FRANKFURT, Germany—The European Central Bank is stepping up its efforts to cushion the economy against a record downturn that the bank’s president, Christine Lagarde, said was “of a magnitude and speed that are unprecedented in peacetime.”
The monetary authority for the 19 countries that use the euro currency on April 30 lowered the interest rate on the cheap, long term loans it provides to banks. It also offered a raft of new credit lines to banks at a quarter of a percentage point below its main interest benchmark, which is zero.
The idea is to support banks so they can keep lending to businesses, thereby supporting the economy, which contracted by a record 3.8 percent in the first three months of the year from the quarter before, according to official figures released April 30. That’s the biggest decline since statistics started being kept in 1995 and worse than the drop in 2009 during the Great Recession that followed the bankruptcy of U.S. investment bank Lehman Brothers.
“Measures to contain the spread of the coronavirus, COVID-19, have largely halted economic activity in all the countries of the euro area and across the globe,” Lagarde told an empty press room at the ECB’s headquarters in Frankfurt, Germany, after a meeting conducted by teleconference among members of its rate-setting council.
While Europe’s economic activity is plunging amid the massive shutdowns that idled everything from florists to factories, the labor market is holding up thanks to generous government support. Unemployment rose only slightly in March, to 7.4 percent from 7.3 percent in February, statistics agency Eurostat said. Millions of workers are being supported by temporary short-hours programs, under which governments pay most of their salaries in return for companies agreeing not to lay people off.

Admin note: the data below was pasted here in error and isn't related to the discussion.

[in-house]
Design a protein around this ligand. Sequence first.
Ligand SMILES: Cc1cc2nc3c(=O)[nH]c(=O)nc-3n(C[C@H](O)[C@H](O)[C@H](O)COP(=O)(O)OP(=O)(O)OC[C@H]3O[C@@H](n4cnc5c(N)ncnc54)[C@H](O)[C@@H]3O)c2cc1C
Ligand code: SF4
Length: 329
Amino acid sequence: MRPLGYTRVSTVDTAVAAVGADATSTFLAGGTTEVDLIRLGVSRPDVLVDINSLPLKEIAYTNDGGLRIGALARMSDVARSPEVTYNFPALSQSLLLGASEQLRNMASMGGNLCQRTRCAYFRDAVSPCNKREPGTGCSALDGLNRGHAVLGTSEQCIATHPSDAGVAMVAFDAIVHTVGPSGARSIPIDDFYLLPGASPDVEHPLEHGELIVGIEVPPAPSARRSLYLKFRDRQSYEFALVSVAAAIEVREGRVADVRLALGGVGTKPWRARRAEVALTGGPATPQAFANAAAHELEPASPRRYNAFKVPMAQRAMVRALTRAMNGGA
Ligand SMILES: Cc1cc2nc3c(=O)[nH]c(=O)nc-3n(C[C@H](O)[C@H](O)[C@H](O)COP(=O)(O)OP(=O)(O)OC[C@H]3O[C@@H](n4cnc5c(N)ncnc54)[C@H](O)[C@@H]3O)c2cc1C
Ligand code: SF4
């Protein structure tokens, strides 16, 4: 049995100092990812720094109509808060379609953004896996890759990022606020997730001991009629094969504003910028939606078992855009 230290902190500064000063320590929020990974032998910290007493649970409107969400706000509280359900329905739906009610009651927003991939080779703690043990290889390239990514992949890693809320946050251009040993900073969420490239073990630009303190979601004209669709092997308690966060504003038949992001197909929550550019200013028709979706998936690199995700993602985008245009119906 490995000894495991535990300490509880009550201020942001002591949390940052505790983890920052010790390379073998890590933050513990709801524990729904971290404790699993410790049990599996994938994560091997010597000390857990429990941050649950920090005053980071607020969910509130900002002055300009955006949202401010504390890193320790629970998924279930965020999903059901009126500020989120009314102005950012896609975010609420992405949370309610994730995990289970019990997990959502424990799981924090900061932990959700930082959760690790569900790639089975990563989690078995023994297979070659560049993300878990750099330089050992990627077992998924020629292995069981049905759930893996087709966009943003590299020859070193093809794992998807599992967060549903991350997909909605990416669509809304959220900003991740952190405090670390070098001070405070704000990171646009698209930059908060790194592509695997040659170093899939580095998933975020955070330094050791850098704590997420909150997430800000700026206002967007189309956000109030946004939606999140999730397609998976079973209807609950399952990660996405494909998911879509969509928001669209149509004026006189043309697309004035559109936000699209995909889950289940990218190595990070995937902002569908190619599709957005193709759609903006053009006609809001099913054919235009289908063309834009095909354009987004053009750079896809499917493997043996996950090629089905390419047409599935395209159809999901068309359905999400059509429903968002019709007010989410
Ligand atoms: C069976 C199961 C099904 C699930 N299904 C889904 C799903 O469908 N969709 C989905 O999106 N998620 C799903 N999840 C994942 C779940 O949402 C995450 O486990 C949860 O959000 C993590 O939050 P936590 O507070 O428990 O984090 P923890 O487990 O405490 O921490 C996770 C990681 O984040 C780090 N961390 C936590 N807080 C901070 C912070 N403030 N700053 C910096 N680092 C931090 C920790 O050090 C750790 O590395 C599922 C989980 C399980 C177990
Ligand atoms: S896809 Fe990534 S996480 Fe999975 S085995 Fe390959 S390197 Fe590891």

While U.S. unemployment rose to 4.4 percent in March from 3.5 percent in February, the eventual picture is likely far worse. First-time claims for unemployment benefits have skyrocketed in the United States as 30 million people applied through the first three weeks of April.
The statistics in Europe likely understate the depth of the fall since shutdown measures were mostly put in place only in March, the last of the three months in the quarter.
Figures from France and Italy showed both countries fell into recession, which is defined as two quarters of economic contraction. The French economy shrank 5.8 percent, the most since the country’s statistics agency began keeping the figures in 1949. The drop was particularly pronounced in services that involve face to face interaction, such as hotels and restaurants, retail stores, transportation, and construction.
The new ECB measures come on top of already announced stimulus efforts that include an ongoing 750 billion euros ($825 billion) in bond purchases. Those purchases help drive down market borrowing rates for companies and governments. In particular, they have kept a lid on financing costs for heavily indebted Italy, one of the countries hardest hit by the outbreak. The bank didn’t cut its interest benchmarks, although the new credit offers amount to the same thing, since they lower the cost to banks of borrowing from the central bank.
The ECB did not change the amount of the bond purchases but said it was “fully prepared” to increase their size “by as much as necessary and for as long as needed.” ECB purchases of government bonds are a key stabilizer for the eurozone since governments will be borrowing heavily to pay for stimulus and because of falling tax receipts due to the virus outbreak.
The bank has also eased requirements for bank capital cushions, relief that means banks are not pressed to restrict lending in order to shore up their own finances. The central bank also made it easier for banks to tap cheap credit directly from the central bank by loosening collateral requirements.
The bank had already lowered its key interest rate benchmarks to record lows before the virus outbreak during a period of sub-par growth in Europe.
By David McHugh